Sarah Everard campaigners threatened with £10,000 fines over Clapham Common vigil will tell High Court that Met Police breached their human rights
Sarah Everard campaigners who were threatened with £10,000 fines over a vigil at Clapham Common will tell the High Court that the Metropolitan Police breached their human rights.
Members of collective Reclaim the Streets had hoped to raise awareness and provoke change by organising a gathering of women on the common close to where Sarah was kidnapped while walking home from a friend’s house on March 3 laas jaar.
Egter, despite liaising with police, the organisers cancelled the event and ‘strongly encouraged people not to gather’ amid fears they would be hit with £10,000 fines.
'N Skare van rond 1,500 people demonstrated at the south Londen common anyway, wel, resulting in scuffles breaking out as police surrounded a bandstand covered in flowers left in tribute.
Dozens of officers had moved in on the bandstand at the vigil to block access to speakers, sparking tensions in the crowd as mourners started chanting ‘arrest your own’ en ‘skaam jou’ soos tonele vinnig gewelddadig geword het.
The Met received widespread criticism for its heavy handed tactics on the night, which resulted in four arrests.
Almost a year later, members of Reclaim the Streets are set to appear in High Court on Wednesday and Thursday to claim the Met Police decision to threaten fines was against their human rights.
Patsy Stevenson, a Physics student at Royal Holloway, was pinned to the floor after joining hundreds of women to mourn Sarah’s death at a vigil on Clapham Common in south London on March 13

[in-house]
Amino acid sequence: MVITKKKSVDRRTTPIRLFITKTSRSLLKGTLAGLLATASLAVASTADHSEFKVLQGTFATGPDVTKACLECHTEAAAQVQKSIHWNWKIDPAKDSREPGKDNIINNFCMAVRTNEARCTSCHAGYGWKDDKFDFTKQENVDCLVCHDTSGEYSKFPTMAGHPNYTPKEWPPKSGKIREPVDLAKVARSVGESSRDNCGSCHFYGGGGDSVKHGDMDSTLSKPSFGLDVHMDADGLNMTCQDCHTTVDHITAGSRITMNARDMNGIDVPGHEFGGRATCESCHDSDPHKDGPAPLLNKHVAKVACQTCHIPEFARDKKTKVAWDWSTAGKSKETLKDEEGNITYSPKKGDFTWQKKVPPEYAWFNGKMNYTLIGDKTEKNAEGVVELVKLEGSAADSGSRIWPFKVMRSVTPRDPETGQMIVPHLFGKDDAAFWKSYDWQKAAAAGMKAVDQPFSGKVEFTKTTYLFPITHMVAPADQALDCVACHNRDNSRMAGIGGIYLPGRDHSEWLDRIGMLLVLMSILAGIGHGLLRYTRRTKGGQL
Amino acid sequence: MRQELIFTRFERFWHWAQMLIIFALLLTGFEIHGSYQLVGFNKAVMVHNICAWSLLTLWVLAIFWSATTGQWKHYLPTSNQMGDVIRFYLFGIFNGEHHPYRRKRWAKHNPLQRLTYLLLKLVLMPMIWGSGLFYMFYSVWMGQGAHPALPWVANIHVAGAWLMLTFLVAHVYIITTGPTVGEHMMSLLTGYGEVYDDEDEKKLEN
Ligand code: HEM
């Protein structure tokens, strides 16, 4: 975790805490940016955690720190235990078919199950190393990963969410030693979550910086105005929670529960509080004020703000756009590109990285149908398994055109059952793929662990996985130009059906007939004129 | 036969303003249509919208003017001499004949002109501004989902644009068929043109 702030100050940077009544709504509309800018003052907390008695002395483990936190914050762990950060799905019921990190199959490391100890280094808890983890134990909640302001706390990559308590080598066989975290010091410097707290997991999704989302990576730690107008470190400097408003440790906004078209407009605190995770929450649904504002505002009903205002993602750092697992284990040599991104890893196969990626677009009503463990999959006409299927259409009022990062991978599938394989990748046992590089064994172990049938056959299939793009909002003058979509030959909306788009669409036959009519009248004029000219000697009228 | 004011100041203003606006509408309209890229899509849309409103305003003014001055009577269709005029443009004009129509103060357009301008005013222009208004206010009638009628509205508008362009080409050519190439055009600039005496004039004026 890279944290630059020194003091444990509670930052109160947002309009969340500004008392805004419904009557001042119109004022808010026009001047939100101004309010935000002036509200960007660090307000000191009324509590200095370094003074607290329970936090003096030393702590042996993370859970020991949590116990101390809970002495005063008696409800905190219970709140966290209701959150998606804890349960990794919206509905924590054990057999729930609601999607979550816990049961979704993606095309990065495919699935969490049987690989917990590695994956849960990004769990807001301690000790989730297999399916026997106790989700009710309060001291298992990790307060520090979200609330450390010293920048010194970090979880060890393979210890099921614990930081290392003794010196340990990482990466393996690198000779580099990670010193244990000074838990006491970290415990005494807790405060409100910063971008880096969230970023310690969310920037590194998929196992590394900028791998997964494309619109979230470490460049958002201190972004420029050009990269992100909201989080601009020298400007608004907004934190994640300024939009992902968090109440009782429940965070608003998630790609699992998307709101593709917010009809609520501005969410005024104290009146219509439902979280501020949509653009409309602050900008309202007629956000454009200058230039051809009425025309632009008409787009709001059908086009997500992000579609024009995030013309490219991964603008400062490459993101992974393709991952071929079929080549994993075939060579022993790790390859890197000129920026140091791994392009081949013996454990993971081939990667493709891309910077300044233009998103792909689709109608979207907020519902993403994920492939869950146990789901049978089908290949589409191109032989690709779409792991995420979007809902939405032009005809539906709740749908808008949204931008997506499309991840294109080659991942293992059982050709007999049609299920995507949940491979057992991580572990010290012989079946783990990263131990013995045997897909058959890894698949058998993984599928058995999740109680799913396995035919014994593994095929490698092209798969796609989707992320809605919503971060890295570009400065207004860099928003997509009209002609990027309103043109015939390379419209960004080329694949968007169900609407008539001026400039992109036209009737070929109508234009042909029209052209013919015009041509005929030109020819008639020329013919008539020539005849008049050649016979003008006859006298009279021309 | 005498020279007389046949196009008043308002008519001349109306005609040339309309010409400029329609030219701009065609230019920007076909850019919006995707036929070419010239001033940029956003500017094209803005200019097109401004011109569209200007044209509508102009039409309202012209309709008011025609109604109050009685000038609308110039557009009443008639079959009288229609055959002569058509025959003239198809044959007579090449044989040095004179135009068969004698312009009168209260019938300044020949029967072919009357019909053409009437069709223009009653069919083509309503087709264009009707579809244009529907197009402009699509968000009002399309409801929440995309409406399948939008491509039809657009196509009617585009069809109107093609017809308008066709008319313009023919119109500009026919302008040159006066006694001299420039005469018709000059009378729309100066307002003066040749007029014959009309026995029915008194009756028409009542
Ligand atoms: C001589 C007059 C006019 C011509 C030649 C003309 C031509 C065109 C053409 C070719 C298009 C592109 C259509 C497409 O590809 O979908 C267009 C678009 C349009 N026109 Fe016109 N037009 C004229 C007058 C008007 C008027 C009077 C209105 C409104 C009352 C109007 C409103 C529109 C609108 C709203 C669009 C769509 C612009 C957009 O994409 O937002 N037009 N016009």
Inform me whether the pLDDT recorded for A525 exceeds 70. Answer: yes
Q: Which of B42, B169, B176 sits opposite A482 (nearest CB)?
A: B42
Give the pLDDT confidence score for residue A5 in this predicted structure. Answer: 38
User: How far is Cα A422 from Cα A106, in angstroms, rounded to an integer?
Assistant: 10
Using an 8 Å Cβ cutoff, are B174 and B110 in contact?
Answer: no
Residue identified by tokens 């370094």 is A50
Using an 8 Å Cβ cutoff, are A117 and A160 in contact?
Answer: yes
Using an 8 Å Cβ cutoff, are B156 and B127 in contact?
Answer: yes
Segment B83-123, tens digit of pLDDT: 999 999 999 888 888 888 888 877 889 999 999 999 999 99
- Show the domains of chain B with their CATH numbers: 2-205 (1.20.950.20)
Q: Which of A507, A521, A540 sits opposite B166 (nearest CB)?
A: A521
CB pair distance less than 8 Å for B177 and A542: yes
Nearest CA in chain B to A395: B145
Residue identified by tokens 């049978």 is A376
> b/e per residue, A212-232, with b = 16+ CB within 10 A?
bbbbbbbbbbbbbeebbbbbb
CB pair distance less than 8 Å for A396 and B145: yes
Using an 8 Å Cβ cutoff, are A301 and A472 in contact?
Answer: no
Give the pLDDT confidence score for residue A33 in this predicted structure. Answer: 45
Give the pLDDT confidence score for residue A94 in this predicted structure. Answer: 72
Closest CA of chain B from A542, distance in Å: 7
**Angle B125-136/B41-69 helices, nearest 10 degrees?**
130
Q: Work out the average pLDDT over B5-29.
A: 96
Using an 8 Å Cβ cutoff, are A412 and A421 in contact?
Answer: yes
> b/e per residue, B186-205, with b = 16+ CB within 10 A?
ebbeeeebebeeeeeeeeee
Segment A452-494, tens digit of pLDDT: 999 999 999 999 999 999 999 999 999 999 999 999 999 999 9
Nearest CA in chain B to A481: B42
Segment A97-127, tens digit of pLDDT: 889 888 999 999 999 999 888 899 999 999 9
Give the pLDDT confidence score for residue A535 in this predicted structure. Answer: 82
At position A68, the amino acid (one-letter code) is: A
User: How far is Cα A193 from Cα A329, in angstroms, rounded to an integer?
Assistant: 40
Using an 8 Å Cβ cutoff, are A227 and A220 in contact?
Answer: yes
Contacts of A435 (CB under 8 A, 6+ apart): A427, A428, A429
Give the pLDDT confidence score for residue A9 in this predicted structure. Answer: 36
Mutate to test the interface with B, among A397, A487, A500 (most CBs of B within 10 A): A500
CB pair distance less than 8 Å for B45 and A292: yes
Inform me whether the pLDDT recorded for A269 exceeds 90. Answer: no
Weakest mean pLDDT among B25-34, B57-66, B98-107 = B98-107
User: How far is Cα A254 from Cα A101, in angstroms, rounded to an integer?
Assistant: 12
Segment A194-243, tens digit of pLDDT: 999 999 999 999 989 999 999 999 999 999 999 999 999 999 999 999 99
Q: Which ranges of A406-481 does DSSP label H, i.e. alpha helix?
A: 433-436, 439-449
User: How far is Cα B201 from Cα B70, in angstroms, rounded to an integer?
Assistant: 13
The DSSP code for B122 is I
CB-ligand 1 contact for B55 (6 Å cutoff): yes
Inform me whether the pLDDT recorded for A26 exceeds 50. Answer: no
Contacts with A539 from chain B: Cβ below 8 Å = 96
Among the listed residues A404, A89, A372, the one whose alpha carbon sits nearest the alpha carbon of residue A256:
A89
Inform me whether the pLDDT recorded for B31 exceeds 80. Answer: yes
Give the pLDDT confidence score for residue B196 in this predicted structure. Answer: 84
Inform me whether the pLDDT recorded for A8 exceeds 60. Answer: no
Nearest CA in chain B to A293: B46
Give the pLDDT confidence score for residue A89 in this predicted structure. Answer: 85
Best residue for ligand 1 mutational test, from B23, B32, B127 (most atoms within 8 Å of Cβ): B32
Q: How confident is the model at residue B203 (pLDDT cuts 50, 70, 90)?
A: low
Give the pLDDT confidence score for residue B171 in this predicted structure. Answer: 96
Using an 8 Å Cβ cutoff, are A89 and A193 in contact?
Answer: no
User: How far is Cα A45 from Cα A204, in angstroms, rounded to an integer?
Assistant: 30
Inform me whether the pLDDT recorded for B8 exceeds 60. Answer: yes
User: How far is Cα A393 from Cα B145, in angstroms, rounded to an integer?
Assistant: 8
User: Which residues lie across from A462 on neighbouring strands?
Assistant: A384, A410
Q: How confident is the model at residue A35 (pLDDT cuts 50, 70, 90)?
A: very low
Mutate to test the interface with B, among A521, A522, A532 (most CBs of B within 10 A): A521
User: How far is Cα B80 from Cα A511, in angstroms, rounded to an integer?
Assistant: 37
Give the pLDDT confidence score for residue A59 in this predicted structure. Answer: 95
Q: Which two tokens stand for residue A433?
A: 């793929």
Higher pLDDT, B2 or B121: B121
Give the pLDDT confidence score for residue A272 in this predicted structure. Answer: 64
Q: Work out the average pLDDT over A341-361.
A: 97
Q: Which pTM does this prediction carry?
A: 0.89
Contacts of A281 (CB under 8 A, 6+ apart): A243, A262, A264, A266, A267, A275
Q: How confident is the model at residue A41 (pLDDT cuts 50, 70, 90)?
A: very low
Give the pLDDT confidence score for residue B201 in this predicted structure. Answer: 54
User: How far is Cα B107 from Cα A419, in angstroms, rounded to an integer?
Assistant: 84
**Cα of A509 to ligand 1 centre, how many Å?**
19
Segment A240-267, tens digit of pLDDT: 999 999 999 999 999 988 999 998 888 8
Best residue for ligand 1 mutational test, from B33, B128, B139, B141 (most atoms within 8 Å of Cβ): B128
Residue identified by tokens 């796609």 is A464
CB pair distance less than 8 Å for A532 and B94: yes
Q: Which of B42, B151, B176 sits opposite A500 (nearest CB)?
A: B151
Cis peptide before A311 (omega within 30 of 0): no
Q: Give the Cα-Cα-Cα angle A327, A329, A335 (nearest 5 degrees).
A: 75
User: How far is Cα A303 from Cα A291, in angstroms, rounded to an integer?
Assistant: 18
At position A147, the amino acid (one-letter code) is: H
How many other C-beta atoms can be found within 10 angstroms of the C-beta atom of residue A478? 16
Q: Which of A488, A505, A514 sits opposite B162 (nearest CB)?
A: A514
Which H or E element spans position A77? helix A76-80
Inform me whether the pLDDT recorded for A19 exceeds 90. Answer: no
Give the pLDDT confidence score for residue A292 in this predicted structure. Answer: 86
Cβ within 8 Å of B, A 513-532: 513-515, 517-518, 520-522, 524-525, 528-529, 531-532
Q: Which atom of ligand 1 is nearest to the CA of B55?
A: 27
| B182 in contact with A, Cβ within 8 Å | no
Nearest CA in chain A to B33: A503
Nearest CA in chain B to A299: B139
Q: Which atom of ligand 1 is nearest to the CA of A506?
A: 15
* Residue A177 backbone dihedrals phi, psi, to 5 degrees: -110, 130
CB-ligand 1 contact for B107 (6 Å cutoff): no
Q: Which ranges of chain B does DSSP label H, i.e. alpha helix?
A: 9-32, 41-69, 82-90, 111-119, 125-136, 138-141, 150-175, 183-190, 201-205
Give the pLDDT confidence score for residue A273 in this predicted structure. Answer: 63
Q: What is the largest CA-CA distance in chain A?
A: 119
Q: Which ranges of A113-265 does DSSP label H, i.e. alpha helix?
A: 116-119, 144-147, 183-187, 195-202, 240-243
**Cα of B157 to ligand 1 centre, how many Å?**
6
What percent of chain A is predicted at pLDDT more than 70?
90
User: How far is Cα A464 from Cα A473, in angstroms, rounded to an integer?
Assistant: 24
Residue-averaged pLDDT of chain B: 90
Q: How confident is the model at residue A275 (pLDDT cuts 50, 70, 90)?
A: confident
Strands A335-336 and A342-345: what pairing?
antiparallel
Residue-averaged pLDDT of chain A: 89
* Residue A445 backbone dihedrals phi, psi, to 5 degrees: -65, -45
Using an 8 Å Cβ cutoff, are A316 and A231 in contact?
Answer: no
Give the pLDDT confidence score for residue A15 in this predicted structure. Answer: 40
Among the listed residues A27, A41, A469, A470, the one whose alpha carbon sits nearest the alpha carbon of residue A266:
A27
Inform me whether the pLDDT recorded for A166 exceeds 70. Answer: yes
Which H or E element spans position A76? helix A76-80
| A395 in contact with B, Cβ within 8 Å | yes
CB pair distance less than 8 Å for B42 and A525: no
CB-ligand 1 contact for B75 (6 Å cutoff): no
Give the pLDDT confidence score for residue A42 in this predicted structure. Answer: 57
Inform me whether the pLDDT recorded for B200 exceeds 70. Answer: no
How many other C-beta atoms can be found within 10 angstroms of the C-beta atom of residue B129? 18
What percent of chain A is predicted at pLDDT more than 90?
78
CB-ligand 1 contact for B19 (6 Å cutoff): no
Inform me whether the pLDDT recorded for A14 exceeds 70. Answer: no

Sarah Everard, 33, was kidnapped, raped and murdered by Met officer Wayne Couzens while walking home in south London
People clash with police during a gathering at a temporary memorial site around the Clapham Common Bandstand
The organisation has revealed a summary of the argument it intends to put forward to court this week, arguing police breached their right to freedom of speech and assembly.
The collective has said if they win, they will claim ‘modest damages’ that will be given to a charity focused on preventing violence against women.
In 'n verklaring, Reclaim the Streets said: ‘The evidence in our case shows nonetheless that the Police failed to discharge the responsibilities they have in a democratic society in the context of Article 10 en 11 die skande finansierder wat ontelbare jong meisies verhandel het – to facilitate peaceful protest.
‘Rather than starting from the premise that the vigil represented an important exercise of individual rights to freedom of expression and association and seeking to facilitate the lawful exercise of those rights, they adopted the stance that the proposed gathering was unlawful and that they should actively deter those organising it and attending it from doing so.
‘We therefore ask the Court to make a declaration that our rights under Article 10 en 11 of the HRA [Human Rights Act] were breached.
‘If we succeed, this will set an important precedent – not only on policing during the pandemic, but also on the importance of the police not using high level decisions Parliament has made as reason to evade their human rights responsibilities.’
Welwilligers kom bymekaar langs blommehuldighede om die moordslagoffer Sarah Everard te vereer in Maart by die orkesstand op Clapham Common in die suide van Londen 14 laas jaar
Vigils were held across the country on March 13 last year following Sarah’s disappearance.
She was kidnapped, raped and murdered by Met officers Wayne Couzens, wie used Covid laws to stop, handcuff and stage a fake arrest before strangling her ‘with his police belt’.
He pleaded guilty to her kidnap and rape at the Old Bailey on June 8, before admitting murder at the same court on July 9.
Couzens was sentenced to a whole life order on September 30.